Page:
Understanding the growth in rich internet applications, the WCAG 2.0 [6] under development has removed the restriction on JavaScript as long as sites meet all of the other WCAG 2.0 guidelines and are fully accessible. The Dynamic Accessible Web Content Roadmap [7] from the W3C Protocols and Formats group provides new standards in development to create fully accessible web components. Two emerging standards from this roadmap: States and Adaptable Properties Module [8] and the Role Taxonomy for Accessible Adaptable Applications [9] are designed to address the accessibility of these Rich internet Applications. So, JavaScript is no longer the problem child of accessibility on the web.

Unfortunately, assistive technologies may not expect dynamic updates to web pages and can’t always interact with an AJAX application. Users of screen readers may not get any indication that a portion of the web page has updated, even sighted users may not notice the updates. Unexpected changes in focus can also confuse users or force additional navigation. In addition, since pages are updated incrementally AJAX applications may not have distinct uniform resource identifiers (UN) that can be bookmarked. This can also lead to issues with the back button not the functioning as expected to return to a particular page or state in the application. While there are accessibility issues to consider there are best practices that can help to make AJAX applications accessible.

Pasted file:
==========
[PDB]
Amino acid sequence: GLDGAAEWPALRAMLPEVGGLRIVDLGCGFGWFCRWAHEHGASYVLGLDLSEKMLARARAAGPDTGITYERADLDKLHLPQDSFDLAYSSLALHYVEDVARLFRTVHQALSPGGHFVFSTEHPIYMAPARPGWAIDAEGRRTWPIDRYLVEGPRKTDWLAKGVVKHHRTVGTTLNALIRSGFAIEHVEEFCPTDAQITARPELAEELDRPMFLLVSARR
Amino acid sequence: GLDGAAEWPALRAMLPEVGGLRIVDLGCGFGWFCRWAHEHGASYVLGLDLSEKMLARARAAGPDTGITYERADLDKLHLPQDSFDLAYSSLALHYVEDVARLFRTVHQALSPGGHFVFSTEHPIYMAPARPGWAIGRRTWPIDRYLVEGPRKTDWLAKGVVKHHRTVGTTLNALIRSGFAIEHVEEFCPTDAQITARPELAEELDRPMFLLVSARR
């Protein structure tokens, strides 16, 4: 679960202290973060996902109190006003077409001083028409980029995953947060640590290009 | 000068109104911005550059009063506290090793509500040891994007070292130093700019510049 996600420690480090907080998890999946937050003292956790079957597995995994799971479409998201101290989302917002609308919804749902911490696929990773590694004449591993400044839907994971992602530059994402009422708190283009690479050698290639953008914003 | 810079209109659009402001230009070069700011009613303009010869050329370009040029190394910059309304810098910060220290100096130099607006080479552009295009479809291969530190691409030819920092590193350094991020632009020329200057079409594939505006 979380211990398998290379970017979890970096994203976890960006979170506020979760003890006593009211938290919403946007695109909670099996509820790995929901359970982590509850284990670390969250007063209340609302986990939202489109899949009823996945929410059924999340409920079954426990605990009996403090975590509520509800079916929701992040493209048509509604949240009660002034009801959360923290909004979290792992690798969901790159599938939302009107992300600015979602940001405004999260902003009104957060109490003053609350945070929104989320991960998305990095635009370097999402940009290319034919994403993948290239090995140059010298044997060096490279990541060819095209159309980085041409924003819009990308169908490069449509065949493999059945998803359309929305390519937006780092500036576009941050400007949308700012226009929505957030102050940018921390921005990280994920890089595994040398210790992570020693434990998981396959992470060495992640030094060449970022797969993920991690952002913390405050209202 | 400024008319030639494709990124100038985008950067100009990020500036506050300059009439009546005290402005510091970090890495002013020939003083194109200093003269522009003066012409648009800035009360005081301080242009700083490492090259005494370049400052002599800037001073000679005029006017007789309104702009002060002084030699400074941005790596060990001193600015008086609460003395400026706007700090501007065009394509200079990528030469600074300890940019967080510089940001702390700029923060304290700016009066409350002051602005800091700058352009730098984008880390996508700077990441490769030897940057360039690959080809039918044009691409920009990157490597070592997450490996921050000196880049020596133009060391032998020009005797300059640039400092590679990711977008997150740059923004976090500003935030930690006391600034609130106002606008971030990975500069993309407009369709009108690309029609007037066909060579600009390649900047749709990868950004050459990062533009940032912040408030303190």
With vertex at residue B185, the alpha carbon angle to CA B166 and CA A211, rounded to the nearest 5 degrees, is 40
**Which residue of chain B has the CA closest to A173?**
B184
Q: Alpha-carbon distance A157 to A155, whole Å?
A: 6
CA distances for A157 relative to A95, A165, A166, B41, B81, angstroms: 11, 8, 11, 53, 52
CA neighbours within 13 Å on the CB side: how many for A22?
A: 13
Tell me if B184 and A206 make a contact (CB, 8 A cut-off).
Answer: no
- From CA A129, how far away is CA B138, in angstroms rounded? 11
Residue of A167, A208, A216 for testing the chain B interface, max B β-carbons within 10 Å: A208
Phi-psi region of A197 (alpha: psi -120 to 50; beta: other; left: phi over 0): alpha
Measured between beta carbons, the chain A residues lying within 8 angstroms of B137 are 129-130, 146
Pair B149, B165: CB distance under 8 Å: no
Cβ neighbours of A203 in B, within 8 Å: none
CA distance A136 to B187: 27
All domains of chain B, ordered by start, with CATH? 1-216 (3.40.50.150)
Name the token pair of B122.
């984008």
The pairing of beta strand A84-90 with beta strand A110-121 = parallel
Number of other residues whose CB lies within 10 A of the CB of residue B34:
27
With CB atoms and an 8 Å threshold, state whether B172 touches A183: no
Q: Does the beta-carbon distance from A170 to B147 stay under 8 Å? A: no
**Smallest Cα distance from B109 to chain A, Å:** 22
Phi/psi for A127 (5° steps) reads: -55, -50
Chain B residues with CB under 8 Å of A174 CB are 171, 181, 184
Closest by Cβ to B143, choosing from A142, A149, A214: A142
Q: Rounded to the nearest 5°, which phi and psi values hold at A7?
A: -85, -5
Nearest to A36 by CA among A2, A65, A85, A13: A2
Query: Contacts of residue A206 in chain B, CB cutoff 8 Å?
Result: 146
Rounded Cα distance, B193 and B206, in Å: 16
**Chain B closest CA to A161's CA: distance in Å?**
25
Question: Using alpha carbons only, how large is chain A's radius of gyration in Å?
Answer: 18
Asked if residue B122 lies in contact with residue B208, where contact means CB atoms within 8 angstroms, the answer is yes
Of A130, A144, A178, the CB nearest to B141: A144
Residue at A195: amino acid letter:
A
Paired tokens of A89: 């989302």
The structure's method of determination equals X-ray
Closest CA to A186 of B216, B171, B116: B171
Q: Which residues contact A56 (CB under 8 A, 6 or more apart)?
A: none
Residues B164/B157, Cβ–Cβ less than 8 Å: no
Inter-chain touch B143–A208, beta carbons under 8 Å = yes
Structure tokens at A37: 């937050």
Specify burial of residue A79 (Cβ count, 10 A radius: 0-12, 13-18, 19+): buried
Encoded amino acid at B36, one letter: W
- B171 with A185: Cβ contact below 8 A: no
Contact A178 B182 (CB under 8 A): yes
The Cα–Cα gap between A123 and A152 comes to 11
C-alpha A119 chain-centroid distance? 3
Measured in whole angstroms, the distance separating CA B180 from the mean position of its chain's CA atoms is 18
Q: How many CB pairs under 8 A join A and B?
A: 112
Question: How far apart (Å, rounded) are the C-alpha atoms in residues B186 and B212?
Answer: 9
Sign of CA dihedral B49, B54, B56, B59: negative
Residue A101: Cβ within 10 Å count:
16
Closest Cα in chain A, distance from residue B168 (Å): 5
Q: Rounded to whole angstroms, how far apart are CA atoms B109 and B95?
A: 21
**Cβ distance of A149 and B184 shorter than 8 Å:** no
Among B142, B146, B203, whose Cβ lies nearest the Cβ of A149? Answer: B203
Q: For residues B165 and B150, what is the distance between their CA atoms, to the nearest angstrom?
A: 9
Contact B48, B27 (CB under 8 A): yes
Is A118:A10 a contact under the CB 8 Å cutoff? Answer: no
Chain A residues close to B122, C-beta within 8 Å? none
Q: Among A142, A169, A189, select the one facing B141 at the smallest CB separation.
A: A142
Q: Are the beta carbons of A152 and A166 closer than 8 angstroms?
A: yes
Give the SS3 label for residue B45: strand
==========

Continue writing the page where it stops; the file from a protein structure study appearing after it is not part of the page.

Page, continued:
AJAX Best Practices
First it is important to inform the user about the requirements of an AJAX application.
Indicate that JavaScript and the XMLHttpRequest object must be supported. Use the
HTML <noscript> tag to provide requirements information to users with no
JavaScript capabilities or with JavaScript turned off. Provide a statement early in the
page that indicates the use of AJAX technologies.

If the site relies on asynchronous updates to the page, give the user the option of receiving an alert when an update occurs [10]. This will help notify those users of AT who can’t see the screen when an update has occurred. It also helps those who may use screen magnifiers and be scrolled away from the area which has changed. And, it assists those who may not easily notice the change due to cognitive or attention issues. This should be an optional notification that the user must elect to enable as the alert itself may prove more distracting for some users.
Do not automatically shift focus on the page when an update occurs. Changing focus without warning can be very distracting for some users, especially if there is no easy way to return to the previous position. For example, on a site that dynamically updates a series of stock prices located at the bottom of the page, a sudden shift in focus each time a price change occurs could make the page unusable. Do consider the use of color or a change in font size or weight to temporarily highlight the area which has updated. But, be cautious of causing a dramatic change or blinking which may distract some users.